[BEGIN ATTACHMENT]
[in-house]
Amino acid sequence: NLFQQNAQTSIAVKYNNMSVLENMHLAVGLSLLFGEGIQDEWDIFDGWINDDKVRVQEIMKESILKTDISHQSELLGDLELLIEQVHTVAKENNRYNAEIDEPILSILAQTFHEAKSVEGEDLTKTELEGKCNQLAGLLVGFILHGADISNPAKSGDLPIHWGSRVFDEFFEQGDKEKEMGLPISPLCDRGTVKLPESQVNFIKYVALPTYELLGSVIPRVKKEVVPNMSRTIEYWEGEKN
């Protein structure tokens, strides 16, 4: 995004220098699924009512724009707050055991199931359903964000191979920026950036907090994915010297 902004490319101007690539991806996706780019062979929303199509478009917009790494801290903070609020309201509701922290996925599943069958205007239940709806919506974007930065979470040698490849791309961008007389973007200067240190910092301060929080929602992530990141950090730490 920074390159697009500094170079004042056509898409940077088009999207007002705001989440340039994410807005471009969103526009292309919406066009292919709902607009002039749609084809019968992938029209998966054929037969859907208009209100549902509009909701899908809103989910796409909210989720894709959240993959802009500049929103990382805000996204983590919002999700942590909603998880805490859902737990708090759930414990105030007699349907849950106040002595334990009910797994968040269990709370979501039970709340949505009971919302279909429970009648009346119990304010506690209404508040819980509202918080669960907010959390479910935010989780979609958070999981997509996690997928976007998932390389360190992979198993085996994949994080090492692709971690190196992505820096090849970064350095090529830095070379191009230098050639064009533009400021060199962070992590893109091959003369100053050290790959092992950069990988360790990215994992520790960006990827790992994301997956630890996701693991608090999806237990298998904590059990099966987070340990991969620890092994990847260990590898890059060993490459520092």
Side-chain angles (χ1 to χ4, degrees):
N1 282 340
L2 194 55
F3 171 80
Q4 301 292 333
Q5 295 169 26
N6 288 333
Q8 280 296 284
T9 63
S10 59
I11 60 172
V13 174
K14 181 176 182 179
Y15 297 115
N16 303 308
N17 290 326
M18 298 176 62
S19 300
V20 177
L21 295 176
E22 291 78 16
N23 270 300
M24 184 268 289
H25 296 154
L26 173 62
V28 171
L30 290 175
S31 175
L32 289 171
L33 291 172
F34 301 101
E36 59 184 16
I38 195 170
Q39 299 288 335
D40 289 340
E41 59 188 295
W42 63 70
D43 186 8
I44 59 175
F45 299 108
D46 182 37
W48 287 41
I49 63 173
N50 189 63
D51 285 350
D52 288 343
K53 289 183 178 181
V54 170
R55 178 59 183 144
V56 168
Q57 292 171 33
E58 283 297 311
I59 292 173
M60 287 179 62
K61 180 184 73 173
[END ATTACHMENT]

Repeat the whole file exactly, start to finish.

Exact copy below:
[in-house]
Amino acid sequence: NLFQQNAQTSIAVKYNNMSVLENMHLAVGLSLLFGEGIQDEWDIFDGWINDDKVRVQEIMKESILKTDISHQSELLGDLELLIEQVHTVAKENNRYNAEIDEPILSILAQTFHEAKSVEGEDLTKTELEGKCNQLAGLLVGFILHGADISNPAKSGDLPIHWGSRVFDEFFEQGDKEKEMGLPISPLCDRGTVKLPESQVNFIKYVALPTYELLGSVIPRVKKEVVPNMSRTIEYWEGEKN
């Protein structure tokens, strides 16, 4: 995004220098699924009512724009707050055991199931359903964000191979920026950036907090994915010297 902004490319101007690539991806996706780019062979929303199509478009917009790494801290903070609020309201509701922290996925599943069958205007239940709806919506974007930065979470040698490849791309961008007389973007200067240190910092301060929080929602992530990141950090730490 920074390159697009500094170079004042056509898409940077088009999207007002705001989440340039994410807005471009969103526009292309919406066009292919709902607009002039749609084809019968992938029209998966054929037969859907208009209100549902509009909701899908809103989910796409909210989720894709959240993959802009500049929103990382805000996204983590919002999700942590909603998880805490859902737990708090759930414990105030007699349907849950106040002595334990009910797994968040269990709370979501039970709340949505009971919302279909429970009648009346119990304010506690209404508040819980509202918080669960907010959390479910935010989780979609958070999981997509996690997928976007998932390389360190992979198993085996994949994080090492692709971690190196992505820096090849970064350095090529830095070379191009230098050639064009533009400021060199962070992590893109091959003369100053050290790959092992950069990988360790990215994992520790960006990827790992994301997956630890996701693991608090999806237990298998904590059990099966987070340990991969620890092994990847260990590898890059060993490459520092």
Side-chain angles (χ1 to χ4, degrees):
N1 282 340
L2 194 55
F3 171 80
Q4 301 292 333
Q5 295 169 26
N6 288 333
Q8 280 296 284
T9 63
S10 59
I11 60 172
V13 174
K14 181 176 182 179
Y15 297 115
N16 303 308
N17 290 326
M18 298 176 62
S19 300
V20 177
L21 295 176
E22 291 78 16
N23 270 300
M24 184 268 289
H25 296 154
L26 173 62
V28 171
L30 290 175
S31 175
L32 289 171
L33 291 172
F34 301 101
E36 59 184 16
I38 195 170
Q39 299 288 335
D40 289 340
E41 59 188 295
W42 63 70
D43 186 8
I44 59 175
F45 299 108
D46 182 37
W48 287 41
I49 63 173
N50 189 63
D51 285 350
D52 288 343
K53 289 183 178 181
V54 170
R55 178 59 183 144
V56 168
Q57 292 171 33
E58 283 297 311
I59 292 173
M60 287 179 62
K61 180 184 73 173